Drupal 10 – a refresh of the leading CMS for a new generation of users

Drops of water on a spider web
Experience Drupal

Only two and a half years after the release of Drupal 9, we’re getting a new major version of Drupal in just under a month’s time. Drupal 10, expected on December 14, is the latest version of the leading open-source enterprise CMS turned DXP.

The shorter timespan between the latest two releases is no surprise considering how the past few major Drupal versions have prioritized backward compatibility and thus offered an easy upgrade path for websites which are already up to date.

So, how is it that Drupal 10 still represents a major change for the platform?

One of the key aims of Drupal 10 is to commit even more strongly to the values of the open web, which is reflected in many of the latest strategic initiatives, as well as in the recent adjustment to the Drupal vision of the platform being intended for ambitious site builders.

An open web is for everyone, and as such Drupal should empower all of its users to enjoy and curate their own experiences. Open source in its very nature, Drupal has long been committed to inclusivity and accessibility. Now it strives to be even more beginner-friendly and appealing to new developers and other types of users from other tech communities.

In this article, we’ll discuss how the three core user types each stand to benefit from the changes coming soon in Drupal 10, and how these changes reflect the philosophy of the platform and the community around it.


1. Developers

Developers remain the most prevalent user group; those already familiar and/or working with Drupal will appreciate the update to Symfony 6 and PHP 8.1 as dependencies. However, Drupal 10 also tries to reach outside Drupal and appeal to developers from other communities.

One of the biggest upgrades here is streamlined JavaScript support, with modern JavaScript replacing certain uses of jQuery, in addition to the Decoupled Menus initiative which has committed to facilitating working with different JavaScript-based front-end frameworks and libraries.

Another interesting feature for the front end is the Starterkit theme generator. You can read more about some of the other front-end features, such as updates to Twig and specifics of the new Olivero theme, on Mike Herchel’s blog.


2. Content managers & editors

The second core user group are content managers and editors. These benefit predominantly from the update from CKEditor 4 to the streamlined version 5 and the inclusion of Claro as the default administration theme in Drupal core.

Marketers need easy to use editing capabilities which enable them to create customized content which is easily accessible by anybody. Both of the updates mentioned above take this into consideration, as does the new core front-end theme Olivero, which continues to prioritize accessibility while also providing support for more modern and currently desirable website features.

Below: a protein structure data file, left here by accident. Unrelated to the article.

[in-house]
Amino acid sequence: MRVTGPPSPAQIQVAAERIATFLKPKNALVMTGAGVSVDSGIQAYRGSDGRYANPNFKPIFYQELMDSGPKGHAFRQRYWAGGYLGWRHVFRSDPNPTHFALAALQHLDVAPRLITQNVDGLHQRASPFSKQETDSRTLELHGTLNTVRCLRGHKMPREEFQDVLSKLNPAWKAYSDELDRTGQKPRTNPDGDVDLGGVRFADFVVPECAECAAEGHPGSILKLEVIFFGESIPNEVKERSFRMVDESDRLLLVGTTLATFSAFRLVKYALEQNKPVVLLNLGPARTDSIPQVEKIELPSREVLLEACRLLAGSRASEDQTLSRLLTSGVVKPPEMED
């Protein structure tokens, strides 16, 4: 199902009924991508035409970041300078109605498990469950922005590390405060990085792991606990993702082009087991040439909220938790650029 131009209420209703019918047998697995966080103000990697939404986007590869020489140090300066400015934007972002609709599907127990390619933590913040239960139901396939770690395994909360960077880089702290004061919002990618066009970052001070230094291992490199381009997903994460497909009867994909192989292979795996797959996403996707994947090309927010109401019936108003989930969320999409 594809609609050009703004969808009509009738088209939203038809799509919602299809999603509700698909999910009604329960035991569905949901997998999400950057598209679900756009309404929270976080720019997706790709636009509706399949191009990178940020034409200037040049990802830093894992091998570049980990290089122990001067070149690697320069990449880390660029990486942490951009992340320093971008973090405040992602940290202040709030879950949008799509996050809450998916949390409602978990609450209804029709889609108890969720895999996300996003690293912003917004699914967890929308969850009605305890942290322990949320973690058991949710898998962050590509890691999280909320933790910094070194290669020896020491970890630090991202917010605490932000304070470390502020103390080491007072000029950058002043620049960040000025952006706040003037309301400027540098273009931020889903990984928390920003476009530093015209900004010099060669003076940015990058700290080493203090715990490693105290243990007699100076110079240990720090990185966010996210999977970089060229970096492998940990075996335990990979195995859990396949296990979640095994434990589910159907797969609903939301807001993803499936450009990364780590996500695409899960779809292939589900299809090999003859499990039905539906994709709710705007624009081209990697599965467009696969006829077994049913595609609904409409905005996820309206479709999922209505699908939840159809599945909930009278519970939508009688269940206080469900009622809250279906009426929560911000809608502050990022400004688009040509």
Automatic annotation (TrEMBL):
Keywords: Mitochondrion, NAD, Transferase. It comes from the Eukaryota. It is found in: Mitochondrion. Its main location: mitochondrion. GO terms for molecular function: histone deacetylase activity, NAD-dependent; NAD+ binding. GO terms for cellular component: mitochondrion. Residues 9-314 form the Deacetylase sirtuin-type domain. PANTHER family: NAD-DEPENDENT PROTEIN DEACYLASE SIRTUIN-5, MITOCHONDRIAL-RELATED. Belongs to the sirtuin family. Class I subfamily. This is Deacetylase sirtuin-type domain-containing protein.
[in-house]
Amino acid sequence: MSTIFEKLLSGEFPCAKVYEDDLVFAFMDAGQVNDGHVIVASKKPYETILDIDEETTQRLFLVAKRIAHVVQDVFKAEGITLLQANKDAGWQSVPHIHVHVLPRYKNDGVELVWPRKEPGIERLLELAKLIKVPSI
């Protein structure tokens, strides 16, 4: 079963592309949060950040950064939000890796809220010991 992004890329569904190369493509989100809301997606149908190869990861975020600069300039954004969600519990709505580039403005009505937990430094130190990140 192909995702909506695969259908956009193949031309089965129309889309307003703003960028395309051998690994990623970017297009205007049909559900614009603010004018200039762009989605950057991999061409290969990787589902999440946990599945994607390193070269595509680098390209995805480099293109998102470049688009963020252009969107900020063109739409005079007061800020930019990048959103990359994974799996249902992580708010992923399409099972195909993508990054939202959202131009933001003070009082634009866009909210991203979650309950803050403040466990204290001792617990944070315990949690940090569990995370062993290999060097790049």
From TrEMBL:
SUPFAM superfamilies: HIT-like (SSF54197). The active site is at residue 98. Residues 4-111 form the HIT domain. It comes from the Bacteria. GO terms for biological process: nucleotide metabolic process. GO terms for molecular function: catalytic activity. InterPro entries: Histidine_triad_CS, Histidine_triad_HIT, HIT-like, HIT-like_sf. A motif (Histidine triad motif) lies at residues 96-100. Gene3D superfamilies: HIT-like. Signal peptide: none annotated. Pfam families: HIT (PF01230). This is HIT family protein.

3. Ambitious site builders

The last, but certainly not least important user group are (ambitious) site builders, who have become Drupal’s main new target group as we mentioned in the introductory section.

They have become accustomed to working with no-code / low-code tools, and many of the current strategic initiatives are focusing on improving this kind of site building experience.

The already mentioned Decoupled Menus initiative is definitely important here, as it facilitates the creation of more advanced digital experiences. There are also the Project Browser and Easy out of the box initiatives, both of which are focused on empowering beginners and less technically savvy users to create great experiences faster and more easily.


The Open Web is for everyone

But the main change of Drupal 10 is the change in philosophy – or, rather, an adjustment of Drupal’s existing philosophy to the trends and shifts in the spheres of web content and digital experience management.

The philosophy of the open web is that the web should be for everyone, which automatically makes Drupal a steward of the open web. As we’ve just highlighted, much of the current focus is on improving the experience of beginners and newcomers, both from other open-source communities as well as those with (little to) no technical knowledge.

In a recent interview we did with Justin Toupin of Aten Design, we talked about how Drupal has until now been very heavily focused on the developer persona, and how hopefully current and future initiatives in the context of no code and low code will empower other key personas as well. 

So, Drupal 10 represents a crucial step from a framework which is majorly developer-oriented to a much more user-friendly platform for the other main user types that are gaining in popularity.


Celebrating Drupal 10

As long-time supporters of Drupal who have been heavily involved in the community, Agiledrop will celebrate this release by hosting and sponsoring a Drupal 10 release party in our Ljubljana headquarters on December 14. If you happen to be around at that time, we’d love to see you there.

Drupal 10 Release party Slovenia graphic

Looking for an agency partner to help you upgrade to Drupal 10? Or perhaps you’re looking to make some additional customizations to your Drupal site in light of the new release? Check out how we work with Drupal and don’t hesitate to reach out to us directly to learn more about working with us.